What would you see if you came upon an abandoned church, the parking lot strewn with weeds? You may have a fantastic imagination, but you probably wouldn't envision an authentic Viking inn . But that's what Steinarr the Kraze E. Viking (formerly Richard Schimidthuber) saw, and with a leap of faith, a large supply of creativity and several months of hard work, he turned a shuttered church into the business of his dreams.
Entrepreneurs are oozing with creativity, hard work and chutzpah, but it takes a special kind of vision to see a brand new business thriving in an old church, school, racquetball club, greenhouse complex or even an early 20th century poorhouse.
For Steinarr, a need to start over and a love of all things Viking led him to return to his home state of Minnesota in 1996 from California, where he'd been a metrologist at a biotech company. "Driving around, I ran into this church. There was no 'for sale' sign. There were weeds growing around it," recalls Steinarr of the former Methodist church in Crosby, Minnesota. "So I went to the city hall and asked who owned this church. Within five minutes [of meeting the owner,] we had struck up a deal."
Scarlett and Nancy Foster-Moss had a similar brush with real-estate fate. They weren't in the market for a business; they were just looking for a place to live outside Seattle when they came upon an internet ad for the Beall Greenhouses, a 17-acre spread with 57 greenhouses on Vashon Island, Washington. Built in the 1880s, it was once the West Coast's largest rose and orchid production location. The property already had some art studios on it and a barn converted into a house, but the majority of the greenhouses had reverted to nature with "alder trees and blackberry bushes growing inside and out through the glass roofs," says Scarlett.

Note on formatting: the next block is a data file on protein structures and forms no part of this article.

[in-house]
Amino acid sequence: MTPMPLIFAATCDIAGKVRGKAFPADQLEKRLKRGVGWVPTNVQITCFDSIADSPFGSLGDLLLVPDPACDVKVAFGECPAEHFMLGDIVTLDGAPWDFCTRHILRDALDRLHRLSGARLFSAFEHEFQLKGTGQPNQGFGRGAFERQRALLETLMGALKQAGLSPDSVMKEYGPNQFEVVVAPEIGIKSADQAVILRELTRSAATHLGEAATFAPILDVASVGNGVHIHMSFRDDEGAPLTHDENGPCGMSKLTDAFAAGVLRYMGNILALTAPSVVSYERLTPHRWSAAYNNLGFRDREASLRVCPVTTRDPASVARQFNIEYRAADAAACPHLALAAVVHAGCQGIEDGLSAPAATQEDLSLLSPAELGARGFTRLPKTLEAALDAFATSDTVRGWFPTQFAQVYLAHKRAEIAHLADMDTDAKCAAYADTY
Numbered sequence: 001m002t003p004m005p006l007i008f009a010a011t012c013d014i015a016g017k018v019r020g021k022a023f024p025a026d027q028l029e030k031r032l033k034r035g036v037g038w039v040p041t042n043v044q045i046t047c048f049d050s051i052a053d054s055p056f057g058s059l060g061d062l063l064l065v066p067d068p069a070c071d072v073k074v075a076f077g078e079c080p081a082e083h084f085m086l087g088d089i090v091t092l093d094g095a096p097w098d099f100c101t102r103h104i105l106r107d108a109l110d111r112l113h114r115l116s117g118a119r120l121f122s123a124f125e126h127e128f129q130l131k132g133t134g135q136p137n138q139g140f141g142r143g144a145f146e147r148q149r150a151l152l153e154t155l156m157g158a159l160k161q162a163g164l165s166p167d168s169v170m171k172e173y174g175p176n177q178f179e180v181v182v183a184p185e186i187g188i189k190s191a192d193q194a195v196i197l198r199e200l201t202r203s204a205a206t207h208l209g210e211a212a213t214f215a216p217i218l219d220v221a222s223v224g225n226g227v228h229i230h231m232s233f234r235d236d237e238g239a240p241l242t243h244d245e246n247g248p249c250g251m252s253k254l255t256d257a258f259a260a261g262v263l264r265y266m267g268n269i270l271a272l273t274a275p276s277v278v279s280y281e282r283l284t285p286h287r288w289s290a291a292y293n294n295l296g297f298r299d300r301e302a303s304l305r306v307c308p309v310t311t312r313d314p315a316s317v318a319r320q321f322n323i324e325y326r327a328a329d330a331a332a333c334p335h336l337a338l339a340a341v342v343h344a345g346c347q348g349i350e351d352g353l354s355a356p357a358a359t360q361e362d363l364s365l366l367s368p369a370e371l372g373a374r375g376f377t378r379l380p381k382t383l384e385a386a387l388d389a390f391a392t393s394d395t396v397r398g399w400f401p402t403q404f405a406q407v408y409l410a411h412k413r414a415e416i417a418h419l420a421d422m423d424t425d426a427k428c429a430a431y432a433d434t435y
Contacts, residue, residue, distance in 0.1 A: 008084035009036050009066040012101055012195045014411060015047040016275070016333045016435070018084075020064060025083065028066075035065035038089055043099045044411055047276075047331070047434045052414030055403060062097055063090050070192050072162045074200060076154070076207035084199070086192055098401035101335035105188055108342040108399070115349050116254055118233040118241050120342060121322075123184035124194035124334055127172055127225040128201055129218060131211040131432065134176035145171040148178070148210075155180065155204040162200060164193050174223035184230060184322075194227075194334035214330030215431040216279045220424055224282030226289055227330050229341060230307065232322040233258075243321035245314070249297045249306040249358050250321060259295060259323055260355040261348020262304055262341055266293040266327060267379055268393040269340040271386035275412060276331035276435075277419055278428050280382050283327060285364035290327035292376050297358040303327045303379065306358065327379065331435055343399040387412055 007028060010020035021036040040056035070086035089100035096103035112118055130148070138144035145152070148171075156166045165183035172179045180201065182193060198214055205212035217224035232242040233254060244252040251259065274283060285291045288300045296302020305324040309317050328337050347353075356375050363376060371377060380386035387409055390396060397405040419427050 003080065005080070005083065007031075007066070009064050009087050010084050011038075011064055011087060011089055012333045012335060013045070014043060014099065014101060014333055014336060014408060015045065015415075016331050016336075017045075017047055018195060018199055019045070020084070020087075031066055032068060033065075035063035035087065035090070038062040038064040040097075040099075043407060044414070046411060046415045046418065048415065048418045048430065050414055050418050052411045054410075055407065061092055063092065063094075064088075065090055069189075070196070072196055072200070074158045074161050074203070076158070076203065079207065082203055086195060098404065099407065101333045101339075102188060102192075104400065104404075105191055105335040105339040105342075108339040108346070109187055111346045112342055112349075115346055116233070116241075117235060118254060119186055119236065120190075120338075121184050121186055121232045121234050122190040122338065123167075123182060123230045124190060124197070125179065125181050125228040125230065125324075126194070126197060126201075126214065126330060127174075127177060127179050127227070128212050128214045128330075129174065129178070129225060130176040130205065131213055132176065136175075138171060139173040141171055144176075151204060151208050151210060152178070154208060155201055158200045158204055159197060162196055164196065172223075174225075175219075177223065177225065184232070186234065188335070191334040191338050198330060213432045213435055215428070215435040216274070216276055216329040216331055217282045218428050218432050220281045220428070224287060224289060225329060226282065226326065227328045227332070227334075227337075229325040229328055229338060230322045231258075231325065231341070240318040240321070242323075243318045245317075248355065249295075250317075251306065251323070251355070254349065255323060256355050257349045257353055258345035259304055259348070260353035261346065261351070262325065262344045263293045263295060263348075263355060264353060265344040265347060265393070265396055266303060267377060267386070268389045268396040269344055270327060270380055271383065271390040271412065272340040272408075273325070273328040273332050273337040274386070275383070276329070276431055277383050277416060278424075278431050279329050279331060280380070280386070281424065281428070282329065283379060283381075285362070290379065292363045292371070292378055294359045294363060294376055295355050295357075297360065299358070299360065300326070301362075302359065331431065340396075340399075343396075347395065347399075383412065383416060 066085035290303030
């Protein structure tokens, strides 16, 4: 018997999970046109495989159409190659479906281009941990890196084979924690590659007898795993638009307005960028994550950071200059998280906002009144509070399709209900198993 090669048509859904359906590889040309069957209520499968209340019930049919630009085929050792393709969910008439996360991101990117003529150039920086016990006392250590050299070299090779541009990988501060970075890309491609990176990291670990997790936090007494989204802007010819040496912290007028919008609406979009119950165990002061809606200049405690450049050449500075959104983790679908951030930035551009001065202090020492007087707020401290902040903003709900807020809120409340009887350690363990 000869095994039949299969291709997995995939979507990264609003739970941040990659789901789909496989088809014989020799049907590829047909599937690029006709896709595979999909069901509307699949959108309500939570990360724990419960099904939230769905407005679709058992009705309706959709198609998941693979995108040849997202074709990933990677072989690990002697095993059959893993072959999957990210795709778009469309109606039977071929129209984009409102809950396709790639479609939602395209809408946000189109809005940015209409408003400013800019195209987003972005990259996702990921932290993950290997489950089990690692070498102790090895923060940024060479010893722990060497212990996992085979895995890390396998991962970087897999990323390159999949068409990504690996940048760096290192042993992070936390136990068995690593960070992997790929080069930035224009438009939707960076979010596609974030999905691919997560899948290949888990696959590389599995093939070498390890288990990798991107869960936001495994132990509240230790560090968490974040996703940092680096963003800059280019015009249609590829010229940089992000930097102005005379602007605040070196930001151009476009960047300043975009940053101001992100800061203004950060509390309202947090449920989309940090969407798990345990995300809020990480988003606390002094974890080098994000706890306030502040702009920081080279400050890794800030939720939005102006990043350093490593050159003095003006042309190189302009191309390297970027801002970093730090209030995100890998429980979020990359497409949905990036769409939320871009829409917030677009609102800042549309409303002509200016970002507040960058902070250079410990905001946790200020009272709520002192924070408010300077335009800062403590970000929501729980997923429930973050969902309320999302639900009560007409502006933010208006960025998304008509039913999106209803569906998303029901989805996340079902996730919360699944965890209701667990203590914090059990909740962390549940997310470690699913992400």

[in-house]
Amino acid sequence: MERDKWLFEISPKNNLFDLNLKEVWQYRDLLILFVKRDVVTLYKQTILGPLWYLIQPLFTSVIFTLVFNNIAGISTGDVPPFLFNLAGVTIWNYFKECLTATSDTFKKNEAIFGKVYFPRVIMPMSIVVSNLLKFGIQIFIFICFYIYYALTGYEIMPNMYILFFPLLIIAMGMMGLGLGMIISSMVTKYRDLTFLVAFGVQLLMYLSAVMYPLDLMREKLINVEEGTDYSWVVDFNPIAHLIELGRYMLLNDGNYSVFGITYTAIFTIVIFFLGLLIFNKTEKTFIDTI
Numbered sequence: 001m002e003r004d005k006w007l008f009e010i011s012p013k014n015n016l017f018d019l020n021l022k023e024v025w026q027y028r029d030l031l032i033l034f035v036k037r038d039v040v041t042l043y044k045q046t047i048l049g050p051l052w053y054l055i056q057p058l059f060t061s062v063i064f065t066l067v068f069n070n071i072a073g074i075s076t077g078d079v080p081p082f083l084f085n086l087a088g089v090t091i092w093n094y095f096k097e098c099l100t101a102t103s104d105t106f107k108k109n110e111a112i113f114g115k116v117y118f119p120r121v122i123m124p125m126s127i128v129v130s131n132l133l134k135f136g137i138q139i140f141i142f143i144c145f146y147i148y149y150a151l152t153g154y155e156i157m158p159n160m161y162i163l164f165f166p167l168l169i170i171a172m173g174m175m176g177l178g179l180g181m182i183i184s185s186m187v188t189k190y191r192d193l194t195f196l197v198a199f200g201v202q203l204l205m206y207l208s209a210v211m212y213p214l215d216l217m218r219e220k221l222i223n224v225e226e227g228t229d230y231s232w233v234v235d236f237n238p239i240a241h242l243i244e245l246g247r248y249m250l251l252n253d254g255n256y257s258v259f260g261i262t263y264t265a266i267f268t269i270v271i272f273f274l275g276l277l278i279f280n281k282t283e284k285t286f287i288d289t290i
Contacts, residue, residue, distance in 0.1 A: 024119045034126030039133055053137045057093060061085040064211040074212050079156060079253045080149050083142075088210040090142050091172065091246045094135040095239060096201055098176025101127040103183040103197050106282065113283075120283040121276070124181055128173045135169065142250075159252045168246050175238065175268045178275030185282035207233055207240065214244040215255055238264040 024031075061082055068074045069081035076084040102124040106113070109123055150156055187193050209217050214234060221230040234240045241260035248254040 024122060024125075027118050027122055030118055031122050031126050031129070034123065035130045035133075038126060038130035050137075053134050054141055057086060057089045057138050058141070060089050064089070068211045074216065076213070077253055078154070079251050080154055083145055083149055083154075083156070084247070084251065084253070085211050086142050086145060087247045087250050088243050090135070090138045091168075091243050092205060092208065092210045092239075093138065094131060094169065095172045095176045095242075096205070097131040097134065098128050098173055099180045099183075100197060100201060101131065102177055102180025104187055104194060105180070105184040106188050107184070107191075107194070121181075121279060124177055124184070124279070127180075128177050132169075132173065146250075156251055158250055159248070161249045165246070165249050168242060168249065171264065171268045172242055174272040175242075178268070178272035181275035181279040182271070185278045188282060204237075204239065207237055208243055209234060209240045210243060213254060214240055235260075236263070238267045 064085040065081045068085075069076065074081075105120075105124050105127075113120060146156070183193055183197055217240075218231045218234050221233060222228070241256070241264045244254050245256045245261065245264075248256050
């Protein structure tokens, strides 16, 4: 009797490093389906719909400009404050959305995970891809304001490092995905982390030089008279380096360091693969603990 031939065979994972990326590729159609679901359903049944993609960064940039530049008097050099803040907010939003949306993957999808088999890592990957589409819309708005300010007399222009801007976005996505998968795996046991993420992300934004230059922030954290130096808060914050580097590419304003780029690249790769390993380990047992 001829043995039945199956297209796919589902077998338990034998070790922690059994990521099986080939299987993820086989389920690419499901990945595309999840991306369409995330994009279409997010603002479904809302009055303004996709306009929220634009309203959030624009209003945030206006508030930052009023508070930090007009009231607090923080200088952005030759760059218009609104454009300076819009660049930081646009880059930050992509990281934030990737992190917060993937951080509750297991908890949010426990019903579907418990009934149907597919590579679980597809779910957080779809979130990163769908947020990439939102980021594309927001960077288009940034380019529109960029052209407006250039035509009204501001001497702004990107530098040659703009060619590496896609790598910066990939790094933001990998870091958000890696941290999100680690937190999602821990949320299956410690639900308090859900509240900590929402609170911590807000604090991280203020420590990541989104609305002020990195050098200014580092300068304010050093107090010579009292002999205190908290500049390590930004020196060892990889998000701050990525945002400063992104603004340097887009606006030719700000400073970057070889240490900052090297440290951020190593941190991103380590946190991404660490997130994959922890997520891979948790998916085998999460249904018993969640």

In the four years since purchasing the property, the partners have converted several buildings and a greenhouse into more studios, and they now have 16 tenants in their art compound.
"We live on an island and both work off-island, so time is always a challenge," says Nancy, who is now transitioning to part-time freelance work so she can be on the property more often. "There are a limited number of people doing the things we need to get done on the island, so getting time scheduled [with contractors] or getting people to come to the island by ferry [can be difficult]." Fortunately, there's no shortage of artists on the island, so they have a waiting list of people looking for space.
Steinarr had his share of growing pains as well. He had a heck of a time getting approval for his "medieval brew and bed" from the city, as some residents were "afraid of what they don't understand and don't like change." After two petitions--one pro, one con--and four town meetings, he prevailed, opting to have his nightly feasts catered since he couldn't get the food and liquor license he desired.
He spent six months renovating the property. "Everything had to be custom made. So it was a flurry," says Steinarr, whose mother helped by constructing shields and leather hangings. Steinarr, a self-taught leatherworker, now runs a side business, " Viking Vear ," creating leather Viking costumes and drinking horns.